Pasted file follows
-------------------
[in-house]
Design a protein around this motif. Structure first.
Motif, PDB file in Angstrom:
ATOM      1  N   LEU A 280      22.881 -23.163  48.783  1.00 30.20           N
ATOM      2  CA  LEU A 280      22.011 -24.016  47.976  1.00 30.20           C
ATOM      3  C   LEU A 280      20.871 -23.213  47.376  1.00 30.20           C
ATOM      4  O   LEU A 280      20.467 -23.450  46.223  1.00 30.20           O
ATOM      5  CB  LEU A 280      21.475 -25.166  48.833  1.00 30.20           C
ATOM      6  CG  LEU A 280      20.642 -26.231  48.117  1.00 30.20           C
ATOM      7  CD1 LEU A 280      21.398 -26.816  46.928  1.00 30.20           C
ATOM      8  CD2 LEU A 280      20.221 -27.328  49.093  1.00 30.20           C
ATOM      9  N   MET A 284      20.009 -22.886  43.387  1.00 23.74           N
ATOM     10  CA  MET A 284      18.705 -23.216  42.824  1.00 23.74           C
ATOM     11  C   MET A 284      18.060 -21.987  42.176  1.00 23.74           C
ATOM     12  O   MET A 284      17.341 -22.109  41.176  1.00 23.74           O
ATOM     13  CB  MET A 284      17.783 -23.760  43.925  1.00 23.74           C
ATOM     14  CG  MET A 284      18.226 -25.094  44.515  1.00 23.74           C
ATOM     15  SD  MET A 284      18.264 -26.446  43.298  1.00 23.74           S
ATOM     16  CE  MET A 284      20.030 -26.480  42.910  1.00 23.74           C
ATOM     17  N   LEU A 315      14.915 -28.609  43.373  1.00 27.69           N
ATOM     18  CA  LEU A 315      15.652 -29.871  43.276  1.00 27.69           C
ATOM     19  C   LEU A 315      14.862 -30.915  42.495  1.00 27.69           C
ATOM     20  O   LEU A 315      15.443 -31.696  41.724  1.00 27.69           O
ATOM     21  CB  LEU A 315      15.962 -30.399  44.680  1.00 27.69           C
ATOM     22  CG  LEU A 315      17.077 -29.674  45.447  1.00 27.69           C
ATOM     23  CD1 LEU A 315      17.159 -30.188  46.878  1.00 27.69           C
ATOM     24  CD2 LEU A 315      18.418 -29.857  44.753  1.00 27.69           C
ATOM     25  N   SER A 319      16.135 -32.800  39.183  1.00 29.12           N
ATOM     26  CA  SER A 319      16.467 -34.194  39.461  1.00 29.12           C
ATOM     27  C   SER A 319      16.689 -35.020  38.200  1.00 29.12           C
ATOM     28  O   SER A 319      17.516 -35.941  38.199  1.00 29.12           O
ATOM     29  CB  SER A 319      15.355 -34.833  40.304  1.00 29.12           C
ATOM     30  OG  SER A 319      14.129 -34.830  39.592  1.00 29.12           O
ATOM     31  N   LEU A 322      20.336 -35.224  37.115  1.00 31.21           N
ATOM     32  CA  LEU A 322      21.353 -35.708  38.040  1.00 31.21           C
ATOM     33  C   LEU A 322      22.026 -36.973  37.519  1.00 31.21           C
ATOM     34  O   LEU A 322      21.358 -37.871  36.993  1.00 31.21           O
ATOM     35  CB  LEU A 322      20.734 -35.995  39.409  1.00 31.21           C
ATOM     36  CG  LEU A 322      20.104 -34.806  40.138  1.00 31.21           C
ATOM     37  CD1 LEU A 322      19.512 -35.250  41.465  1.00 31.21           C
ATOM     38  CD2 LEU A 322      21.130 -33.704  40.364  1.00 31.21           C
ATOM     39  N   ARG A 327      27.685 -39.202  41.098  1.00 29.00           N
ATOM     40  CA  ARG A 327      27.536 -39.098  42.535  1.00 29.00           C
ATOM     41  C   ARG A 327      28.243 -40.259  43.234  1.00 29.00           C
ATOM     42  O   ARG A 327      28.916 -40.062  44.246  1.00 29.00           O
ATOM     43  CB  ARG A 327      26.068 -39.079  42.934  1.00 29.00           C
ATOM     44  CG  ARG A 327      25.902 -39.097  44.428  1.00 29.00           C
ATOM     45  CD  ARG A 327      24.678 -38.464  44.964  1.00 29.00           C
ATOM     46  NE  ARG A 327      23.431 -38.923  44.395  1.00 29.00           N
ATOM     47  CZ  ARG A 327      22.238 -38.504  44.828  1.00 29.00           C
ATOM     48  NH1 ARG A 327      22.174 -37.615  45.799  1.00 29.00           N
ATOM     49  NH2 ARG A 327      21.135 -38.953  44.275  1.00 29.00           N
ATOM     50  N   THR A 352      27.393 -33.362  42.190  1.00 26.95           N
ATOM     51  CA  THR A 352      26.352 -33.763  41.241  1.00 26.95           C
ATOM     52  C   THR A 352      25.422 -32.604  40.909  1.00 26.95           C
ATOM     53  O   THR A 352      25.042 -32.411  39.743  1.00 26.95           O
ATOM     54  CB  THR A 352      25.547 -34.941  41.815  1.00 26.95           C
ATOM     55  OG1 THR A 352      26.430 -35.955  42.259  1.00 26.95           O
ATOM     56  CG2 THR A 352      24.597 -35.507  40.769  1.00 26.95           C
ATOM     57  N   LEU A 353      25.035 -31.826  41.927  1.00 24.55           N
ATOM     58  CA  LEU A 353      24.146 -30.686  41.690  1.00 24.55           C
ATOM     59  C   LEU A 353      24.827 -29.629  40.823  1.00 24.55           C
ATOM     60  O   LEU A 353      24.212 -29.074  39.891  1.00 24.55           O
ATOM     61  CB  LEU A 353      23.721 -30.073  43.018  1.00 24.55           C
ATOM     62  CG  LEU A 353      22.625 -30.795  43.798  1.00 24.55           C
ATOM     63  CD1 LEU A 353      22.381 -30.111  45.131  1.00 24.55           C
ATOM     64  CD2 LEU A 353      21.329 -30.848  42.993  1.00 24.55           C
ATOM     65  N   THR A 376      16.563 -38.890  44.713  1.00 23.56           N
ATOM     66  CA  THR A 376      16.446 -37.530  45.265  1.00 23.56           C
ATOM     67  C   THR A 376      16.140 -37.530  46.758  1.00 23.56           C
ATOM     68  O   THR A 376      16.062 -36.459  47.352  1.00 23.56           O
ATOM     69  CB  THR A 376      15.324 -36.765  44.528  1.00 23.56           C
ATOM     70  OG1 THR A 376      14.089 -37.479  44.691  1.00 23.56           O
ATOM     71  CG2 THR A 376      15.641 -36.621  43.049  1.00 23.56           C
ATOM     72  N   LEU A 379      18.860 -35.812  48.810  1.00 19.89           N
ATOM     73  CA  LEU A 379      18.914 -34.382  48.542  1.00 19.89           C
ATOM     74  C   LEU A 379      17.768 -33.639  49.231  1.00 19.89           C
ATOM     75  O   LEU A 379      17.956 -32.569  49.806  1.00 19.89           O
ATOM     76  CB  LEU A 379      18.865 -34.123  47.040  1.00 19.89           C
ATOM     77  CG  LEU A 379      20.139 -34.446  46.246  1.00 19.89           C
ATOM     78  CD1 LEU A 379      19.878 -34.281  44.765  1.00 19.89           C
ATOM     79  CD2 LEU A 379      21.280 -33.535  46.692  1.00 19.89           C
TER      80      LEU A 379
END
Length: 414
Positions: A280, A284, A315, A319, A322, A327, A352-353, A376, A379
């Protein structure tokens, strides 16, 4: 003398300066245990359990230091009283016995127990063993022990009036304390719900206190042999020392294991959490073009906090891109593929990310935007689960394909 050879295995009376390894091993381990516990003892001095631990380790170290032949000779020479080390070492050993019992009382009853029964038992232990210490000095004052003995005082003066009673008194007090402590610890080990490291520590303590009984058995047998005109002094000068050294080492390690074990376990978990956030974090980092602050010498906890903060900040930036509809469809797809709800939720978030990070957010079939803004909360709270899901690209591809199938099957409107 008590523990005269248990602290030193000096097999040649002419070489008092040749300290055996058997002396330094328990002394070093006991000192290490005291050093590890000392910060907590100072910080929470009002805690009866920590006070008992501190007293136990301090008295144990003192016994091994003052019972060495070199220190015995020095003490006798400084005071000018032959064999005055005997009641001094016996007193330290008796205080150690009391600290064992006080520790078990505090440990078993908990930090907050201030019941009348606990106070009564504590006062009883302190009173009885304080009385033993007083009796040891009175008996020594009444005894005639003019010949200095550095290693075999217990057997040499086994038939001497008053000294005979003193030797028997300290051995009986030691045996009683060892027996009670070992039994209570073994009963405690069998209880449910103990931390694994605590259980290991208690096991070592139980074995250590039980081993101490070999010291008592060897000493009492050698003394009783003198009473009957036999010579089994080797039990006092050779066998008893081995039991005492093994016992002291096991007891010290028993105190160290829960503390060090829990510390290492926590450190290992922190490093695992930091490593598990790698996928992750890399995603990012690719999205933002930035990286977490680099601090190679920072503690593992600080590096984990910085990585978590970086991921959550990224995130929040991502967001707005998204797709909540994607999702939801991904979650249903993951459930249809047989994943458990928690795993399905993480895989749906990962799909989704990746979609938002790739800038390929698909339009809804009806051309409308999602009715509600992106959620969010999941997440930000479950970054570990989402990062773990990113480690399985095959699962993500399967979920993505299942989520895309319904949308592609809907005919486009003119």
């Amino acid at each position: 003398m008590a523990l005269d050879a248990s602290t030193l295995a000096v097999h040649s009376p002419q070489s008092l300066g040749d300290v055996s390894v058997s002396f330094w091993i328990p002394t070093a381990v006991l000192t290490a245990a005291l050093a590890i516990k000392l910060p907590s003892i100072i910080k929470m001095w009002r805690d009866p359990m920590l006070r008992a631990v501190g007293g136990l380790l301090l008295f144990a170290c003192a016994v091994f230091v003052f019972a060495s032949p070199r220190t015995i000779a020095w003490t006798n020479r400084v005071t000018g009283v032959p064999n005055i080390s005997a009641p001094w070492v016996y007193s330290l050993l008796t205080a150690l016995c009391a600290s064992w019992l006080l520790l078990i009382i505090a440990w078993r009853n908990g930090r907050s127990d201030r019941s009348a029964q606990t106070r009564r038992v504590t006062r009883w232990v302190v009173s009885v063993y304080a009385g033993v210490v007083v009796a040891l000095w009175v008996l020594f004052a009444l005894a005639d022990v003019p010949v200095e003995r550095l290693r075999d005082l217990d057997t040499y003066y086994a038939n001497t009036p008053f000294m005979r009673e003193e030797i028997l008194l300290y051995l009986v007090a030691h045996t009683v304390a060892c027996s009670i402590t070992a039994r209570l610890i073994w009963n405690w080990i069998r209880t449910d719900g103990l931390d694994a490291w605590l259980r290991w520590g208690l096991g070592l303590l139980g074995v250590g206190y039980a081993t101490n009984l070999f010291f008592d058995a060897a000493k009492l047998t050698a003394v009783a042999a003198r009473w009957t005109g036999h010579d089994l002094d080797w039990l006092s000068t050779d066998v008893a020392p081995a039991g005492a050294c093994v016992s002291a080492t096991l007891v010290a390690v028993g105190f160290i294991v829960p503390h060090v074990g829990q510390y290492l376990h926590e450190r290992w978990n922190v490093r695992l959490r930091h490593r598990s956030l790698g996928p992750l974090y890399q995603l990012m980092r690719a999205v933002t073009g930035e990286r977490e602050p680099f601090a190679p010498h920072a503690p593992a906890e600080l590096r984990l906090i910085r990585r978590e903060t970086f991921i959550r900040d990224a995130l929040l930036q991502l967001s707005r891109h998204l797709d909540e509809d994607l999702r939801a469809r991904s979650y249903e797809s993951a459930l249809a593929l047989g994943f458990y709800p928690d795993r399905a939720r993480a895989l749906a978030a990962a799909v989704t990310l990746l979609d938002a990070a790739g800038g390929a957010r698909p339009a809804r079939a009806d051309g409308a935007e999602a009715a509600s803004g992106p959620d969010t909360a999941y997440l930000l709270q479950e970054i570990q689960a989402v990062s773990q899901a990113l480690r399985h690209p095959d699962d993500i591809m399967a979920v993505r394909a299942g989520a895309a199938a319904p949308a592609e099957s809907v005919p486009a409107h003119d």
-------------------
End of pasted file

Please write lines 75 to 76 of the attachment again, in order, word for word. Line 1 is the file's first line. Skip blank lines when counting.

ATOM     72  N   LEU A 379      18.860 -35.812  48.810  1.00 19.89           N
ATOM     73  CA  LEU A 379      18.914 -34.382  48.542  1.00 19.89           C